According to iClips, Dan Deacon would be featured next. This is something I really wanted to see. A lot of people said that his last album was really good, but I could never bring myself to listen to it. Deacon has just always seemed like one of those acts that needs to be seen and heard, and not just heard. (I have made a promise to myself to listen to a Dan Deacon record very soon.) After preparing a bowl of Edy's Double Fudge Brownie ice cream and returning to my computer, it came to my attention that the feed was down. I have no idea what happened, but do know that iClips user korm5421 was not happy about it. He posted about three or four angry messages. (If you scroll through the message board, you'll see that he was complaining nearly every five minutes the entire day.) By the time the feed rebounded, Deacon was onstage with what looked like an entire marching band, and he had somehow commanded the massive crowd to create a large hole near the center of the stage. One guy was in the middle doing some slow dance moves, and the surrounding crowd was mimicking him. Once the music got going, the crowd just erupted and went crazy. People were jumping, crowd surfing, and rioting. It kind of made me wish I was there, but that thinking ended with my next bite of ice cream.

The Kaiser Chiefs were up next. They did not sound well, and I headed to the living room and turned on the television where I was immediately treated to a live concert on HDNet by the Barenaked Ladies. Now seemed as good of time as any to stick my face in the fan. Luckily, I soon found Major League on AMC. Great movie, but boy does it suffer without the curse words.

I faded in and out of sleep and eventually made my way back to my computer for the Cold War Kids. It was at this point where I tried to watch the band and the movie at the same time. I wasn't accomplishing either objective so I turned off the television. As the band was playing "Hospital Beds" I noticed some guy crowd surfing. I know it has been said countless times, but it really does look douchey when someone is crowd surfing at a completely inopportune time. Really, it does. I learned this the hard way at GG Allin's funeral. (Too soon?)

Snoop Dogg was next on the feed. Holla. The crowd looked absolutely enormous, and I don't think I have ever been in a crowd that big. At one point I think I heard Snoop (shockingly) say, "Put your motherfucking hands in the air," but I can't verify this because I was too engulfed in a mesmerizing profile about great white sharks on 60 Minutes. Allegedly, the recent increase in shark attacks on humans might be connected to humans increasingly seeking out great white sharks. Yeah, and Snoop might be high. At the end of Snoop's set (great white sharks trump Snoop, but Andy Rooney does not), he led the crowd in an impressive chorus of "Na na na na/Na na na na/Hey hey hey/Snoop Dogg." Believe me, it sounded much cooler than it reads.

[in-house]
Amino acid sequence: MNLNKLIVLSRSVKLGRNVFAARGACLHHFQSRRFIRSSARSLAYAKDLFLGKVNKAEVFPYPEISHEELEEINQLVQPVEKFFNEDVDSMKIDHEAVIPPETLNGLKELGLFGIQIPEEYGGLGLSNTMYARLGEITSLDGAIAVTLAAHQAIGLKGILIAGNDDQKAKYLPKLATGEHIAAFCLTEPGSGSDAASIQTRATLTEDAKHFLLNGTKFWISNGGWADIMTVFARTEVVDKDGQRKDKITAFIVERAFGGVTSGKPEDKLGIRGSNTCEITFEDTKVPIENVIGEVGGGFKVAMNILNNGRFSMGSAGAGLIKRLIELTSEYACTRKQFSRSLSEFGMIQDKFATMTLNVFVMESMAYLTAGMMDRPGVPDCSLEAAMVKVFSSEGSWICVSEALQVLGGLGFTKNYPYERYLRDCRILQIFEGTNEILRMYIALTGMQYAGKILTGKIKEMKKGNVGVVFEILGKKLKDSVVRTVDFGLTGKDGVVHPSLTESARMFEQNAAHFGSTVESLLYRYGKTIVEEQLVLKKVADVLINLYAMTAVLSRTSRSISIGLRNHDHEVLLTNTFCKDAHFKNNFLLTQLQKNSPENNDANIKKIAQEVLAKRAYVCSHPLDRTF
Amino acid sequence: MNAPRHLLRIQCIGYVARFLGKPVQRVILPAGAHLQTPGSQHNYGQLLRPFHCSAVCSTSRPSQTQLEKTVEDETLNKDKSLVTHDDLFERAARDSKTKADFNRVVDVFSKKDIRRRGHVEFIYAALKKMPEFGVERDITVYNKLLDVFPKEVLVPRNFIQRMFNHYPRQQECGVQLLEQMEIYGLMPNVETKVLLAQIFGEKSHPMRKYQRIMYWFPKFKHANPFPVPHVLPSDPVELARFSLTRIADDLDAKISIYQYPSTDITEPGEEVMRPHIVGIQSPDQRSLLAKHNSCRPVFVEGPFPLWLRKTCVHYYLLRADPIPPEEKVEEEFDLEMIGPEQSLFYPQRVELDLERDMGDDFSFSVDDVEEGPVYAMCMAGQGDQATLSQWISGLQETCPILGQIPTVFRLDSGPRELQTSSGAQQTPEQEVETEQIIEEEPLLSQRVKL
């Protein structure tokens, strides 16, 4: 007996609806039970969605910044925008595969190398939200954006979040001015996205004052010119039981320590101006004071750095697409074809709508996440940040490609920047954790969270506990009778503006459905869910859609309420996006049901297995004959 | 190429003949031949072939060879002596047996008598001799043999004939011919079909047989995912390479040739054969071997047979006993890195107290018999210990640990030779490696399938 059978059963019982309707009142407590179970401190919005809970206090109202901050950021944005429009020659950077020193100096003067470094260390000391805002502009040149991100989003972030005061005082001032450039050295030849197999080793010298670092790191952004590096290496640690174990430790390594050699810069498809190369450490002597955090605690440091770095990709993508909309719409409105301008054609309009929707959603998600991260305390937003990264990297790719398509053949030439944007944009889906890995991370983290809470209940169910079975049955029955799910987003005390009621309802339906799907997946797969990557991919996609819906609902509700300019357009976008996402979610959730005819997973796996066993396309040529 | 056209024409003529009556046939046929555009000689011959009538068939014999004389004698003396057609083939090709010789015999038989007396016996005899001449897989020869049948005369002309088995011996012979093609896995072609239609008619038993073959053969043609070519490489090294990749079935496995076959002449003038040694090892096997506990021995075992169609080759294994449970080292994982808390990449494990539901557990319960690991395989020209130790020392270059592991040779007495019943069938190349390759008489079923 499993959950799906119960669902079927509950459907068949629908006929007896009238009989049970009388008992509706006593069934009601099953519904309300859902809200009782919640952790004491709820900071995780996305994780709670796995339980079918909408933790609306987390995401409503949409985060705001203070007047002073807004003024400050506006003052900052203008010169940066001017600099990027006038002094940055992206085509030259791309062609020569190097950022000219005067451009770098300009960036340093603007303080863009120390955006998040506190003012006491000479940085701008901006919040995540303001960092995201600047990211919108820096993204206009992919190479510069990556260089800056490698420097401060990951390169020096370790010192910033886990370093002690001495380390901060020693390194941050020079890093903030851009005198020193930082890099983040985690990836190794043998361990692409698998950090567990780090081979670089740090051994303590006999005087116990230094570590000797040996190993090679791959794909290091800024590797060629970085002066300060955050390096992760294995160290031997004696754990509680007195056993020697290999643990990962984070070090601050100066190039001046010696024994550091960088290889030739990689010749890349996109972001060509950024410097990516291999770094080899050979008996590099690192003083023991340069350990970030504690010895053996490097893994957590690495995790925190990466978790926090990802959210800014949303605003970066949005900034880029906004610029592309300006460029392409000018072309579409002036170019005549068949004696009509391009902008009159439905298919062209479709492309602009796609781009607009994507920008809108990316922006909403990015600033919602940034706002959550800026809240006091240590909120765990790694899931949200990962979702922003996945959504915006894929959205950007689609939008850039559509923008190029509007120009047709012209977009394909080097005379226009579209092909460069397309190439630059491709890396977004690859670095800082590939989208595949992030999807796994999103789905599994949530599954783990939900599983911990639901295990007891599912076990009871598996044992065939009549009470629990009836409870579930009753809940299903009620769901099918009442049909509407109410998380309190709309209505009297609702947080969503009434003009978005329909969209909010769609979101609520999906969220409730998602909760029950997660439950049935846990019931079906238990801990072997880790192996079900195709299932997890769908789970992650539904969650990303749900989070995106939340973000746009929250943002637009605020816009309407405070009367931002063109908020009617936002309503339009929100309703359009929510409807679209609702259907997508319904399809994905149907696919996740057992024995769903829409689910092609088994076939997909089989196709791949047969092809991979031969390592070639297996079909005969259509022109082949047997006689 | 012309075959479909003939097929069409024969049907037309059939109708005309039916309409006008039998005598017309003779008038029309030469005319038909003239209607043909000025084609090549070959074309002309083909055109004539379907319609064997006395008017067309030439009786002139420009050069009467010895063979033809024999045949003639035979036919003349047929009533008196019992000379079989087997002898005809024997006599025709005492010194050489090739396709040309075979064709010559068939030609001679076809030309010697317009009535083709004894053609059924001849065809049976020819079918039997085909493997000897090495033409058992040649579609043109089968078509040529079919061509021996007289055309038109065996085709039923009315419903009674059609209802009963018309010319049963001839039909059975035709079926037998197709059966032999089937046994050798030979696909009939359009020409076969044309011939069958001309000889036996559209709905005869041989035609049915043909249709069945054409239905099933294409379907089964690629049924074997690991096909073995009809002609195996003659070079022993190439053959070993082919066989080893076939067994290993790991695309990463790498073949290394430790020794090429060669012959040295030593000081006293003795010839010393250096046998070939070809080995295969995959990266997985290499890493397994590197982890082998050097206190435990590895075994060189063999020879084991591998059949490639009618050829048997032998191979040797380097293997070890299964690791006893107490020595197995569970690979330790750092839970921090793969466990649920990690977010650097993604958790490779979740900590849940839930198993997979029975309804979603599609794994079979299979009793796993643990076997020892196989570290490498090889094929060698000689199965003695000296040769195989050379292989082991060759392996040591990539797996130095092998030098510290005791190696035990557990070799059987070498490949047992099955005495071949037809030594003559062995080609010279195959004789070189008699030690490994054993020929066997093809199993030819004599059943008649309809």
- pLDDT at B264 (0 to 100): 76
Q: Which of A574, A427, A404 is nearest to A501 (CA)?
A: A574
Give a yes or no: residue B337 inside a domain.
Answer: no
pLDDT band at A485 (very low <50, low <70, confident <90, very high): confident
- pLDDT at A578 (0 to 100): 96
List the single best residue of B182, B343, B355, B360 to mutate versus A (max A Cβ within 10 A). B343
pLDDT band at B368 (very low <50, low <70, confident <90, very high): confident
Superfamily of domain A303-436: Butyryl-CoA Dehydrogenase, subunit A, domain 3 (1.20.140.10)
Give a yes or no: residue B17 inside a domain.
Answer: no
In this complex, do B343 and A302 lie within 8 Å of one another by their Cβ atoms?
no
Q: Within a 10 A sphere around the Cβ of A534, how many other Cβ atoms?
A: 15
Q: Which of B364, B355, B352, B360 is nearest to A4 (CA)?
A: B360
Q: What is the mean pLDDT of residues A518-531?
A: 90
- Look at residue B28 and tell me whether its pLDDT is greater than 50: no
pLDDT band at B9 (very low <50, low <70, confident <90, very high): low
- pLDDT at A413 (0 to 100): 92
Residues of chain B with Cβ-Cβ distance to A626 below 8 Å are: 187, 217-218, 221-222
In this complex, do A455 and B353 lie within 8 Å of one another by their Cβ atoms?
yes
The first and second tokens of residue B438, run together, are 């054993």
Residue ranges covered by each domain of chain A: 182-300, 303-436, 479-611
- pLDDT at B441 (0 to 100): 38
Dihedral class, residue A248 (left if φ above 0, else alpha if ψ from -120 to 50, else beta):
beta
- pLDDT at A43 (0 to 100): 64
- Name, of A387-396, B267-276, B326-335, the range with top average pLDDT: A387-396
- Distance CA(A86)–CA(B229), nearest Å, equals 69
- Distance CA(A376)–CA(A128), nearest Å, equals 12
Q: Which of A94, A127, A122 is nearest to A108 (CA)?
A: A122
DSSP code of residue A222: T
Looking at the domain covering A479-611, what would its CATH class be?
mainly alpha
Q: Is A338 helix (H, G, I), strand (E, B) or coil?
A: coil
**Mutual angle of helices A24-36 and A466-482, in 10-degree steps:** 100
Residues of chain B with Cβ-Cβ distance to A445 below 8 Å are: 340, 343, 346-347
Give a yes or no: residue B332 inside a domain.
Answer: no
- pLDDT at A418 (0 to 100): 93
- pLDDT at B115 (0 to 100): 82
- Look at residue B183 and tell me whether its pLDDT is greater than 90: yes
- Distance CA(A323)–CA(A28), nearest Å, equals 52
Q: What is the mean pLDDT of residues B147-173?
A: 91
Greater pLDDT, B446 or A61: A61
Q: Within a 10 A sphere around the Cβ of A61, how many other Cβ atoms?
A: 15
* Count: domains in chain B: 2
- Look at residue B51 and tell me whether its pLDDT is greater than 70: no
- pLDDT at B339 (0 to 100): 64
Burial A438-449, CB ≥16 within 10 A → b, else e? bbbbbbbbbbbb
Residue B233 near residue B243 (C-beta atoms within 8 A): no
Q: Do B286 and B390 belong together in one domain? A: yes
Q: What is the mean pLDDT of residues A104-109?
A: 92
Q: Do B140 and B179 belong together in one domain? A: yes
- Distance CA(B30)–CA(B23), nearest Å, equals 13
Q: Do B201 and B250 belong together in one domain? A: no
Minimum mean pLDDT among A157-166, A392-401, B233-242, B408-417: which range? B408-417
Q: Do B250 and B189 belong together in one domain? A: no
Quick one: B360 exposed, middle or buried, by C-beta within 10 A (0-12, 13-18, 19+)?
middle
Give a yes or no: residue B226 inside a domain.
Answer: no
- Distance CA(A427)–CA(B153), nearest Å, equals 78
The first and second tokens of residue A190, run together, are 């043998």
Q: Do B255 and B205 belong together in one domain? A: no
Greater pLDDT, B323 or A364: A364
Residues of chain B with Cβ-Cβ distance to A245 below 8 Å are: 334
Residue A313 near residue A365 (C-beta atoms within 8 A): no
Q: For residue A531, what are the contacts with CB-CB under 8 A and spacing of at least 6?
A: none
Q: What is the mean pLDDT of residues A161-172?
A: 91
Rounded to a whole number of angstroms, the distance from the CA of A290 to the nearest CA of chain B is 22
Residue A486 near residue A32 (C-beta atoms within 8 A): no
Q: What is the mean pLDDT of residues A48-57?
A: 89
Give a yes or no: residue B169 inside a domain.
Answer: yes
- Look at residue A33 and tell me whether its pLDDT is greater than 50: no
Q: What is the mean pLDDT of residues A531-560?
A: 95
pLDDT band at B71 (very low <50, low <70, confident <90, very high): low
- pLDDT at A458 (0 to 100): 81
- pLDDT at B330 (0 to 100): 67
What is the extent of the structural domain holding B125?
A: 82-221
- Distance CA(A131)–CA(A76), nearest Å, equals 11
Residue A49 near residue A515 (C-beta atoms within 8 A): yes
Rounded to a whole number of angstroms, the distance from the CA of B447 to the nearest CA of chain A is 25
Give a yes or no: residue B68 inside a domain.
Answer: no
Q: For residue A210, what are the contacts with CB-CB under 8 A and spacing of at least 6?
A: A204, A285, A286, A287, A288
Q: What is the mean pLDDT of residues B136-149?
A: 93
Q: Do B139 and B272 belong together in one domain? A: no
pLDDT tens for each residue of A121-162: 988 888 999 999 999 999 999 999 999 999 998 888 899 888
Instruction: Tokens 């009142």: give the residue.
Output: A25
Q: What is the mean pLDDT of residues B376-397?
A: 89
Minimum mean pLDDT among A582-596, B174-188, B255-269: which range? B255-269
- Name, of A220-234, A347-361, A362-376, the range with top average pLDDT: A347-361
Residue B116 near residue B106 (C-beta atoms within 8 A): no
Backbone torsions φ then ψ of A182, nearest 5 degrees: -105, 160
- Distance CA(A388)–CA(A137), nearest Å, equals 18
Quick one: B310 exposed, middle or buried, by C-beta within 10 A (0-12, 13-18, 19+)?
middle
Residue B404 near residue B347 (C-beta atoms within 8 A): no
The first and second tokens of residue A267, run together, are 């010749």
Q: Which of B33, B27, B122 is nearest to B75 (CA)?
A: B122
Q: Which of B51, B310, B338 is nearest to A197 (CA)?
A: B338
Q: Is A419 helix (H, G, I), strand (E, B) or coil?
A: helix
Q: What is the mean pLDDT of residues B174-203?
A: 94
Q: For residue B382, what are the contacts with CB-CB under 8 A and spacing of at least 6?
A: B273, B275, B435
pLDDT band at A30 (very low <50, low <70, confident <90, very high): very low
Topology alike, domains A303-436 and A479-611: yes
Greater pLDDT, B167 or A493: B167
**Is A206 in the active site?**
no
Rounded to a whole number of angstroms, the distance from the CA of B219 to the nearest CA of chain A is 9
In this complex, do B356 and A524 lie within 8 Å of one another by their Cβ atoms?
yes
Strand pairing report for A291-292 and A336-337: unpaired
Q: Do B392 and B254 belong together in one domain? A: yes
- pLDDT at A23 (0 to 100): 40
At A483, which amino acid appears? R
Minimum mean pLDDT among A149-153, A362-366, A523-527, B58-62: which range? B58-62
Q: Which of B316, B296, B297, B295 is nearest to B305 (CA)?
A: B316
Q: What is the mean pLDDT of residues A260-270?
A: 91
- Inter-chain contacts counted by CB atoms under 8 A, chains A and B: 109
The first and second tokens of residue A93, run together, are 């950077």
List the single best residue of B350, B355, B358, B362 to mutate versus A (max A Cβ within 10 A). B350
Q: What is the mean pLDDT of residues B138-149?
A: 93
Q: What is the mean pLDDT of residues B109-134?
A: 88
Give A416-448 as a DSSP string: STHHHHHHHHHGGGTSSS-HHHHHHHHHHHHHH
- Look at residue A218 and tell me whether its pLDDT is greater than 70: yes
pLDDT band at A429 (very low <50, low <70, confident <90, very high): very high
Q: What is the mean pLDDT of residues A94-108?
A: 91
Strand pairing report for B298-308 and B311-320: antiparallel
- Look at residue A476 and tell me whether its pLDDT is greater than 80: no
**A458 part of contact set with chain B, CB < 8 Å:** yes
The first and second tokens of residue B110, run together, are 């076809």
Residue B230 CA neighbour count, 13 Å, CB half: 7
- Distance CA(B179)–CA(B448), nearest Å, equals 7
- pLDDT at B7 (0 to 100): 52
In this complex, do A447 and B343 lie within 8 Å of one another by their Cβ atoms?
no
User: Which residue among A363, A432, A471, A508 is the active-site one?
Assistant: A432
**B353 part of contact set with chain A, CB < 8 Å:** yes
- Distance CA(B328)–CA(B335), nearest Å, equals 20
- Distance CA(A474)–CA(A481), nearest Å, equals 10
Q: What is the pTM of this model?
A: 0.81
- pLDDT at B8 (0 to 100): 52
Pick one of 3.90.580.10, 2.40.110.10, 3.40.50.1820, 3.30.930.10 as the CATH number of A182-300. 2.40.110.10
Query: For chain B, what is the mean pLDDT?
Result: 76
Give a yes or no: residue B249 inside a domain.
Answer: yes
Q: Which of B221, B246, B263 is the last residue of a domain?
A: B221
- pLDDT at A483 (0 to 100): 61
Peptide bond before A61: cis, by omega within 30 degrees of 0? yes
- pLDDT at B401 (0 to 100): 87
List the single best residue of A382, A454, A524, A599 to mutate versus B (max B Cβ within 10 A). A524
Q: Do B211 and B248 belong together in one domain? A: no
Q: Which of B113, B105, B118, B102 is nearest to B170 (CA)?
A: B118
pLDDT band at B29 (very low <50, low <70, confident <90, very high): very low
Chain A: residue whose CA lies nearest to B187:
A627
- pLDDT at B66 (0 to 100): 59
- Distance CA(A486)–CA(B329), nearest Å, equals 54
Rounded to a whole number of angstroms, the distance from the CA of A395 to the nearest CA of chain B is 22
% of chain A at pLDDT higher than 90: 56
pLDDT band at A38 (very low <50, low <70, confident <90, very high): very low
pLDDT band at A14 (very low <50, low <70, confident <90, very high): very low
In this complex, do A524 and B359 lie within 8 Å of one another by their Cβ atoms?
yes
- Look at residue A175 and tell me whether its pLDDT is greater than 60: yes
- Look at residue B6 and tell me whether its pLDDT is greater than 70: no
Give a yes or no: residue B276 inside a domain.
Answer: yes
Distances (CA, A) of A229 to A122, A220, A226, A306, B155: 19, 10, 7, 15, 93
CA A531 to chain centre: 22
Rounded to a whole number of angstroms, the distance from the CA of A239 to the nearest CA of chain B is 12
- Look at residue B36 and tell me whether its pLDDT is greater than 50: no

Fuzzy guitar lovin' Silversun Pickups were stuck with the task of following Snoop. Always fun. I wasn't digging them at first, and even found lead singer Brian Aubert to be slightly annoying any time he tried to scream out a note. However, I thought they got stronger as they went on, and by the time they closed with "Lazy Eye," I was really feeling it. That's an incredible single, and they nailed it. (Although I texted my friend Bret who was there right afterwards to express my enjoyment, and he told me that he thought they sucked. Maybe just maybe, watching the festival over a computer in a different time zone doesn't exactly capture the experience.)

The next three hours were just filler for me (Portugal. The Man, STS9, Neko Case), until the day's headliners, Jane's Addiction and the Killers, were set to close out the weekend. The iClipse site was still listing the 11:30 cst timeslot as TBA, so I had no idea who I would get to watch, and rather than just spend the next few hours staring at my computer, I killed a couple of hours and watched Iron Man on Netflix. Cool movie.

One of the reasons I am sort of relieved I wasn't at Lollapalooza is because it would have sucked having to choose between Jane's Addiction and the Killers. I love both. I realized I was a big fan of the Killers right about the same time it was decided that they were no longer cool. Interestingly enough, this same thing happened to me in high school with OJ Simpson. (Too soon?) But speaking of high school, Jane's Addiction, pretty much the namesake of the festival, was one of my favorite bands way back when, and I have never seen them. So I probably would have decided to linger near their stage, but man, it would have been a tough decision. Good thing at home I had iClipse to make the decision for me. Problem is, when the schedule popped up, it said we would be watching Jane's Addiction but only from 11:30 to 11:45. Fifteen minutes? We were given Bat for Lashes for an entire hour, but only get Jane's Addiction for 15 minutes? Oh, well. Also, the schedule was on central standard time, so this meant I had to stay up until 12:30 am. On a work night, no less. No matter, I was going to do it.